Chemical Safety Incidents
Feds Move to Tear Apart Kelihos Botnet
Wednesday, April 12, 2017 @ 09:04 AM gHale
A Russian man is under arrest in Spain and U.S. authorities are trying to dismantle a botnet he is accused of controlling.
Pyotr Levashov, also known as Severa, stands accused of running the Kelihos botnet since 2010. After his arrest, the U.S. Department of Justice (DoJ) is attempting to take down the botnet.
Kelihos is a global network of infected Windows computers used to carry spam attacks advertising various fraud schemes and counterfeit drugs, but also to harvest passwords and infect devices with malware.
The DoJ announcement comes after Levashov’s arrest. Severa is accused of operating the botnet since 2010.
“The operation announced today targeted an ongoing international scheme that was distributing hundreds of millions of fraudulent emails per year, intercepting the credentials to online and financial accounts belonging to thousands of Americans, and spreading ransomware throughout our networks. The ability of botnets like Kelihos to be weaponized quickly for vast and varied types of harms is a dangerous and deep threat to all Americans, driving at the core of how we communicate, network, earn a living, and live our everyday lives,” said Acting Assistant Attorney General Kenneth Blanco.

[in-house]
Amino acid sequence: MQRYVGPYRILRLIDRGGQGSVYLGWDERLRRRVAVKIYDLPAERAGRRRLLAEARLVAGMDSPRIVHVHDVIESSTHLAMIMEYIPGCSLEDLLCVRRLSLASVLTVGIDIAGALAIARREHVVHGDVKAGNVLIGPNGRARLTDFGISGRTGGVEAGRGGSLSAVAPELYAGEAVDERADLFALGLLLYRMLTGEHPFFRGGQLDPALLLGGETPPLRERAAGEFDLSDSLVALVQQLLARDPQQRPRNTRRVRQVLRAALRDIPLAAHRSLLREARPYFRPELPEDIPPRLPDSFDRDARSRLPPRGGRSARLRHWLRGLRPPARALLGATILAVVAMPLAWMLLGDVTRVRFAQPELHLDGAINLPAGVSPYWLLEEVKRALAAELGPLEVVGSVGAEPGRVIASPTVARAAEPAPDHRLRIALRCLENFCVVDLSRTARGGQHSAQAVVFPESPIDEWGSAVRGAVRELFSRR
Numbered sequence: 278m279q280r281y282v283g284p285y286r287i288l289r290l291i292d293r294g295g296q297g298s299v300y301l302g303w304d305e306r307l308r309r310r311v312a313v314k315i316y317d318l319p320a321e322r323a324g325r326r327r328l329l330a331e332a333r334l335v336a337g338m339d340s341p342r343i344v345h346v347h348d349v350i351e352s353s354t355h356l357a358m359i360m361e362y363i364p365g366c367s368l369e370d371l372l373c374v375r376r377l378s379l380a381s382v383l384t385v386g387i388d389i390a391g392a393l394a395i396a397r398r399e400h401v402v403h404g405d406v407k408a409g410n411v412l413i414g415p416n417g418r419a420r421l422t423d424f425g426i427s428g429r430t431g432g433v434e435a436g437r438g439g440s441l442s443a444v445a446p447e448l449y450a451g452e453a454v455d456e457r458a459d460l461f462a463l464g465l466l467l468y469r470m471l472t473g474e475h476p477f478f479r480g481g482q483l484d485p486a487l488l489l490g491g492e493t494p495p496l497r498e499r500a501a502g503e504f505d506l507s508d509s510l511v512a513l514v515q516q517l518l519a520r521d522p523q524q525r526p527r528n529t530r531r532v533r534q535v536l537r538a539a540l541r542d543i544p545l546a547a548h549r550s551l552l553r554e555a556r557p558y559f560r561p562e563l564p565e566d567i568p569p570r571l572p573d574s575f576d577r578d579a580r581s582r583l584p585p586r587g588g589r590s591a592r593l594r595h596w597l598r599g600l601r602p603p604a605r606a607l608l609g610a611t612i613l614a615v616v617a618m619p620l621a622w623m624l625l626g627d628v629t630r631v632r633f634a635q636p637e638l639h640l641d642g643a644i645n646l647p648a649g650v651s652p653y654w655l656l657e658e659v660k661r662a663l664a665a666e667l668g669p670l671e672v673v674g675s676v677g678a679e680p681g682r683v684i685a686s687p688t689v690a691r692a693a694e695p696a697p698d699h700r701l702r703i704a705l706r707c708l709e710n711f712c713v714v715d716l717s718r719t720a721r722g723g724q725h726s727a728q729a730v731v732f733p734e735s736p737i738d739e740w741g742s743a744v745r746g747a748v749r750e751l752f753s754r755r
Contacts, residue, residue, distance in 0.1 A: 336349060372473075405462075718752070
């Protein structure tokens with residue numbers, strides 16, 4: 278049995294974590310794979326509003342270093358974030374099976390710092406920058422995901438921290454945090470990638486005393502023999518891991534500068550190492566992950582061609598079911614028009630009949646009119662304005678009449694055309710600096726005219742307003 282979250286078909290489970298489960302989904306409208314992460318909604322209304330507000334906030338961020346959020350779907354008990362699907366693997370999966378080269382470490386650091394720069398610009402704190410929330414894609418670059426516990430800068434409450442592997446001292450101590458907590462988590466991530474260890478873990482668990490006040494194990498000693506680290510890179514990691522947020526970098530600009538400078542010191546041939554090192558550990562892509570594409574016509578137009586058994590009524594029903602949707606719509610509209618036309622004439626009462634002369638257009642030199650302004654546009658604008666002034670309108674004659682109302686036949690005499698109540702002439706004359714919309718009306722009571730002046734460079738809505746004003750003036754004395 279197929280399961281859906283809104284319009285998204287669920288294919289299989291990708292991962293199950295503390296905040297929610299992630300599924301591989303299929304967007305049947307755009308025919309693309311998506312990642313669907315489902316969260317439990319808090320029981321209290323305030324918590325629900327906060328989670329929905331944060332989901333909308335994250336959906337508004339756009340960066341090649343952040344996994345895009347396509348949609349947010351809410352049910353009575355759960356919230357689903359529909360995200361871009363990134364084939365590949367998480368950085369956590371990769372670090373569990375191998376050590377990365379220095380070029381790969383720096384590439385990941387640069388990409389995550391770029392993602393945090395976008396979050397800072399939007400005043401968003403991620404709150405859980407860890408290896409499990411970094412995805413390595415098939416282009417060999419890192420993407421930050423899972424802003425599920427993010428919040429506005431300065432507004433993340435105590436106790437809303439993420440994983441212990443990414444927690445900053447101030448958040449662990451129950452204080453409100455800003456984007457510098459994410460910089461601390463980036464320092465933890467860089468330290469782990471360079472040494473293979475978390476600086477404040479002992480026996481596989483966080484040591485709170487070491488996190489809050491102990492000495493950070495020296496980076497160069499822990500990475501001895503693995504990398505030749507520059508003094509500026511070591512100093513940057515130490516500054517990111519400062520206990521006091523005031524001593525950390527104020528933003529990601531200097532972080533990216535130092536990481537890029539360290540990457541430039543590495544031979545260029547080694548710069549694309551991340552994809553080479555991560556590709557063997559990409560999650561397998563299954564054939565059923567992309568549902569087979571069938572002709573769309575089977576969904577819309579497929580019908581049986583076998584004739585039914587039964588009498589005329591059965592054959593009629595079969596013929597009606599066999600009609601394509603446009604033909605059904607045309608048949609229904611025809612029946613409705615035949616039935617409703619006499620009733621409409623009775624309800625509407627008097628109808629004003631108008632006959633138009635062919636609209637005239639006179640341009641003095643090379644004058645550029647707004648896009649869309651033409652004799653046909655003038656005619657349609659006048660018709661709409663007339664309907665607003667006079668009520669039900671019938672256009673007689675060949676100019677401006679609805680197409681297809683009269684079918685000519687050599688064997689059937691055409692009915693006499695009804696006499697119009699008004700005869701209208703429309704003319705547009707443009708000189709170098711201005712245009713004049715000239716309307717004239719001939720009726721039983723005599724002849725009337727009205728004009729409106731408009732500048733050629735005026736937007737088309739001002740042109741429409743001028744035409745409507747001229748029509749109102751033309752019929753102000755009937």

The success in disrupting Kelihos was the result of strong cooperation between private industry experts and law enforcement, as well as the use of “innovative legal and technical tactics.”
Acting U.S. Attorney Bryan Schroder for the District of Alaska added cybercrime was a worldwide problem, but one that infects its victims directly through the computers and personal electronic devices that we use every day.
The operation against Khelios began on April 8 when they started blocking malicious domains associated with the botnet to prohibit further infections, said FBI Special Agent in Charge Marlin Ritzman.
“The warrant obtained by the government authorizes law enforcement to redirect Kelihos-infected computers to a substitute server and to record the Internet Protocol addresses of those computers as they connect to the server. This will enable the government to provide the IP addresses of Kelihos victims to those who can assist with removing the Kelihos malware including Internet service providers,” the file said.